What are skin pores?

Pores are small openings on the outermost layer of the skin that are connected to hair follicles and sebaceous glands.  They release sweat and sebum (the body’s natural oils) that is produced in the sebaceous glands directly onto the surface of the skin. Sebaceous glands are most abundant in the pores visible on the face, chest and back. Each hair follicle is associated with at least one sebaceous gland.  The opening of that follicle and gland is the visible pore that can be seen. Each hair follicle is also associated with a small muscle called the erector pili muscle.  Hormones and stimulation of nerve endings can trigger sebaceous glands to produce more abundant quantities of sebum.

 

The skin of the face is always exposed to the surrounding environment and must perform many functions that the skin in other areas do not need to worry about.  Ie they are exercised a lot.  For this reason, it is thought that the pores on the face, most specifically those on the nose, forehead and cheeks may appear larger than they do in other areas of the body.

 

Why do pores enlarge and become prominent?

Pores are more prominent when they are dilated, infected, or clogged with oil and other debris, making them appear larger than they are at their ‘normal’ state. Pore size and prominence is partially determined by genes but can be significantly affected by intrinsic and extrinsic factors.  Such factors include sun-exposure, ageing, hormonal changes, pollution, daily habits and lifestyles choices such as smoking. Any factor that reduces the amount of elastin and collagen in the skin also contributes significantly to enlarged pores.  As certain biological functions change with age, stress and illness, the underlying dermal layer of the skin can become compromised and lose its structure and elasticity.  Collagen and elastin fibres may deplete and become weaker and the skin naturally loses its firmness and support for surrounding structures. At a micro-level, this change in skin structure allows pores to relax and dilate.

 

Who gets enlarged skin pores?

 Any skin type – oily, normal or dry can take on the appearance of having enlarged pores.  This may give the complexion of a dull appearance, particularly if the pores are clogged with dirt, bacteria, oil or dead skin cells. It is very common for those with oily skin to complain of enlarged pores.  Enlarged pores are also seen more commonly in those who battle with acne and rosacea.  In these conditions, sebum cannot be dislodged and discharged freely from the pores, resulting in the pores becoming wider and more visible.

 

Available treatments 

There are many ways to treat enlarged pores.  Improving cellular rejuvenation allows the pores to function better and reduces the overproduction of sebum. By doing so, they reduce pore size. This can be effectively achieved through topical skincare alongside non-invasive medical-grade chemical peels.  Incorporating exfoliants such as Salicylic Acid (Beta-Hydroxy Acid) and Glycolic Acid (Alpha-Hydroxy Acid) can help remove excess dead skin cells from the surface of the skin as well as from inside the pores. Sebum can then no longer accumulate within the pore and in response returns to its normal size or makes them appear smaller. Medical prescription grade vitamin A creams used off-label are proven to improve pore size in a few studies.  Applying sunscreen containing antioxidants that combine active ingredients to neutralise free radicals (a form of toxin) can increase collagen synthesis and cell growth while enhancing the structural integrity of the skin and minimising the appearance of pores. Some products however can clog up your pores.  It is important to seek advice regarding which sunscreen may be the right one for your skin.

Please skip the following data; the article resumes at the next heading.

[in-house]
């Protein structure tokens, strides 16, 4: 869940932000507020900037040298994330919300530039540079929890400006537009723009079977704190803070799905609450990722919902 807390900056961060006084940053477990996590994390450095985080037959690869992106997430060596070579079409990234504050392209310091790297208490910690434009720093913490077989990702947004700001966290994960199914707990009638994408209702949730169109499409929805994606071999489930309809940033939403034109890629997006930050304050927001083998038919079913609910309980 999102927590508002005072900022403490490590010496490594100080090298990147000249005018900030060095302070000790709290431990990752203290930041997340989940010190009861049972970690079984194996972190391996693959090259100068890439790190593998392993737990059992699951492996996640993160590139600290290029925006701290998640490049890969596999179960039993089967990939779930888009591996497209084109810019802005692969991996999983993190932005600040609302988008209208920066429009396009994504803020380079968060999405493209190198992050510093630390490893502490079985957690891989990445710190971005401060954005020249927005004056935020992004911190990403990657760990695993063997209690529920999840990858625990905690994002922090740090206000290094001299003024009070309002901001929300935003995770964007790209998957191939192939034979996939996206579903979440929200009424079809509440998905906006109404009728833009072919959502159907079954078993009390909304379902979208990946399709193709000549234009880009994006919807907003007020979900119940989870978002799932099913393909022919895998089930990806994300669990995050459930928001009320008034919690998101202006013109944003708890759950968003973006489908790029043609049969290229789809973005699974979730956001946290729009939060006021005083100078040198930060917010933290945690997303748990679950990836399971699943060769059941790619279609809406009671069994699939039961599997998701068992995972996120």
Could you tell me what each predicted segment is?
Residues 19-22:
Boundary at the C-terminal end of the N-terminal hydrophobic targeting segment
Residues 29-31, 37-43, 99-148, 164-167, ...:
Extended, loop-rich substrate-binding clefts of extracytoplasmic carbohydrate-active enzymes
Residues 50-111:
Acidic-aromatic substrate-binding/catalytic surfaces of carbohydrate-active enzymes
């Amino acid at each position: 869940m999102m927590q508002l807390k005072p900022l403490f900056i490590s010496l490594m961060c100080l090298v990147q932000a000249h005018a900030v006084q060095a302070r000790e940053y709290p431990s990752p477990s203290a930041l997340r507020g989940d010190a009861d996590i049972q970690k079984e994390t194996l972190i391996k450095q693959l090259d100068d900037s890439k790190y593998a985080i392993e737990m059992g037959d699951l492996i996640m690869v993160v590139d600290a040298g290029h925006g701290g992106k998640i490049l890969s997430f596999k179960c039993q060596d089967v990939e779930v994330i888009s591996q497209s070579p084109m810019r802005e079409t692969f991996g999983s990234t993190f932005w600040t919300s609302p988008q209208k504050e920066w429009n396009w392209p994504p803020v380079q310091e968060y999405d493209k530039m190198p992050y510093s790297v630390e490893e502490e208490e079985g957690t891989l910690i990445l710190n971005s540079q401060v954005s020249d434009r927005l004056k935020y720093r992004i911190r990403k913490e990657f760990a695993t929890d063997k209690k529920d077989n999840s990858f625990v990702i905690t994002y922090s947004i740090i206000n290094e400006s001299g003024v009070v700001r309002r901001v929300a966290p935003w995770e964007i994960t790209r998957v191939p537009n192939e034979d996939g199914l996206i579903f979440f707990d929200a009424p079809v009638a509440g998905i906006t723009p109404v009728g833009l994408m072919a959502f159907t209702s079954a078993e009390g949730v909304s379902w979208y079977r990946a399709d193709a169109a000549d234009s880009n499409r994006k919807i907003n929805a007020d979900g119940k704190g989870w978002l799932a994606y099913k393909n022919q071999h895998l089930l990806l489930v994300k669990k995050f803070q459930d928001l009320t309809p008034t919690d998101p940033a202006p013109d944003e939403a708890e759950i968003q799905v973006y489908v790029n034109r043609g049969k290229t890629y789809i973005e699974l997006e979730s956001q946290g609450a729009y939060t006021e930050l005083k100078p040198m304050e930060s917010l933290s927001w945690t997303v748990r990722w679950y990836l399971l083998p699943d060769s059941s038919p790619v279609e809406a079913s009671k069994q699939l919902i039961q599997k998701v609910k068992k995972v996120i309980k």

Medical hormonal treatments are sometimes used to counter-act the testosterone driven enlarged skin pores.  Some oral contraceptive pills may provide this benefit, but one always needs to seek medical advice in this regard.

In some cases where the skin pores are prominent and may be associated with acne, an oral medication is sometimes prescribed off-label in the form of a vitamin A derivative. These oral prescription retinoids work through receptors on the cell surface that encourages natural renewal of skin cells helping to unclog pores.  They also reduce the size of sebaceous glands hence reducing the amount of sebum they produce.

Besides personalised and effective skin care and chemical peels, prominent pores respond well to regular maintenance procedures such as:

  • Radiofrequency microneedling – this treats textural issues by delivering electrical energy in the form of radiofrequency with micro-needles to improve prominent pores.
  • Laser Genesis – a gentle non-invasive laser treatment designed to target large pores by bulk heating the skin, reducing small blood vessels and increasing collagen and elastin production.
  • CO2 Laser Resurfacing – this laser shoots micro-beams of CO2 (carbon dioxide) and breaks down the tissue of the epidermis and dermis in small columns. As the skin naturally heals, healthy new skin grows over the treatment area.

Should you wish to see our dermal therapist or cosmetic registered nurse, please contact us with the form on this page or call us for a complimentary consultation.

Specialist Skin Services

As an all-round specialist dermatology clinic, we work with our patients to achieve their goals and always maintain professional standards.